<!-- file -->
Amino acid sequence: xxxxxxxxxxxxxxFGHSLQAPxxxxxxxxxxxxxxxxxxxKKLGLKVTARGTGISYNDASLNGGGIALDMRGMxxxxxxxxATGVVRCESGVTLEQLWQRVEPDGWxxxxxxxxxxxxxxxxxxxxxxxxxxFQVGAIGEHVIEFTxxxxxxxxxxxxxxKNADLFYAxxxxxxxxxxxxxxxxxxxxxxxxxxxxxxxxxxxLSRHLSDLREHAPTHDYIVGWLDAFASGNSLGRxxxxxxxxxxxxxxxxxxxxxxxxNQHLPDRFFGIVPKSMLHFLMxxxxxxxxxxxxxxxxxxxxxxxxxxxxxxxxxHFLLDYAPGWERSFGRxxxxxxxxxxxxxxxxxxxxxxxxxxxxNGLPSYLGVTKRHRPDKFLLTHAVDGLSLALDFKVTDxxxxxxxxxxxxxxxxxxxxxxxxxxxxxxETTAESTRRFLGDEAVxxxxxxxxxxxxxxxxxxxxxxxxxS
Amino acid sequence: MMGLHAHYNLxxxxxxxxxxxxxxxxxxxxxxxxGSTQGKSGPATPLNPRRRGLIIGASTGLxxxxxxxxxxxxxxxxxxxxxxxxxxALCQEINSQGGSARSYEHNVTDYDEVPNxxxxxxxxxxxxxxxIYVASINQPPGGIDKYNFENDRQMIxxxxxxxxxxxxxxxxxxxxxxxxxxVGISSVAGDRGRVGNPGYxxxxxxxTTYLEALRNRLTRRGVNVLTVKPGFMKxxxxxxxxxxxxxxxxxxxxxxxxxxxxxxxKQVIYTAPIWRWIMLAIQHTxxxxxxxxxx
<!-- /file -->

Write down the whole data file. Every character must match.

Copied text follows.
Amino acid sequence: xxxxxxxxxxxxxxFGHSLQAPxxxxxxxxxxxxxxxxxxxKKLGLKVTARGTGISYNDASLNGGGIALDMRGMxxxxxxxxATGVVRCESGVTLEQLWQRVEPDGWxxxxxxxxxxxxxxxxxxxxxxxxxxFQVGAIGEHVIEFTxxxxxxxxxxxxxxKNADLFYAxxxxxxxxxxxxxxxxxxxxxxxxxxxxxxxxxxxLSRHLSDLREHAPTHDYIVGWLDAFASGNSLGRxxxxxxxxxxxxxxxxxxxxxxxxNQHLPDRFFGIVPKSMLHFLMxxxxxxxxxxxxxxxxxxxxxxxxxxxxxxxxxHFLLDYAPGWERSFGRxxxxxxxxxxxxxxxxxxxxxxxxxxxxNGLPSYLGVTKRHRPDKFLLTHAVDGLSLALDFKVTDxxxxxxxxxxxxxxxxxxxxxxxxxxxxxxETTAESTRRFLGDEAVxxxxxxxxxxxxxxxxxxxxxxxxxS
Amino acid sequence: MMGLHAHYNLxxxxxxxxxxxxxxxxxxxxxxxxGSTQGKSGPATPLNPRRRGLIIGASTGLxxxxxxxxxxxxxxxxxxxxxxxxxxALCQEINSQGGSARSYEHNVTDYDEVPNxxxxxxxxxxxxxxxIYVASINQPPGGIDKYNFENDRQMIxxxxxxxxxxxxxxxxxxxxxxxxxxVGISSVAGDRGRVGNPGYxxxxxxxTTYLEALRNRLTRRGVNVLTVKPGFMKxxxxxxxxxxxxxxxxxxxxxxxxxxxxxxxKQVIYTAPIWRWIMLAIQHTxxxxxxxxxx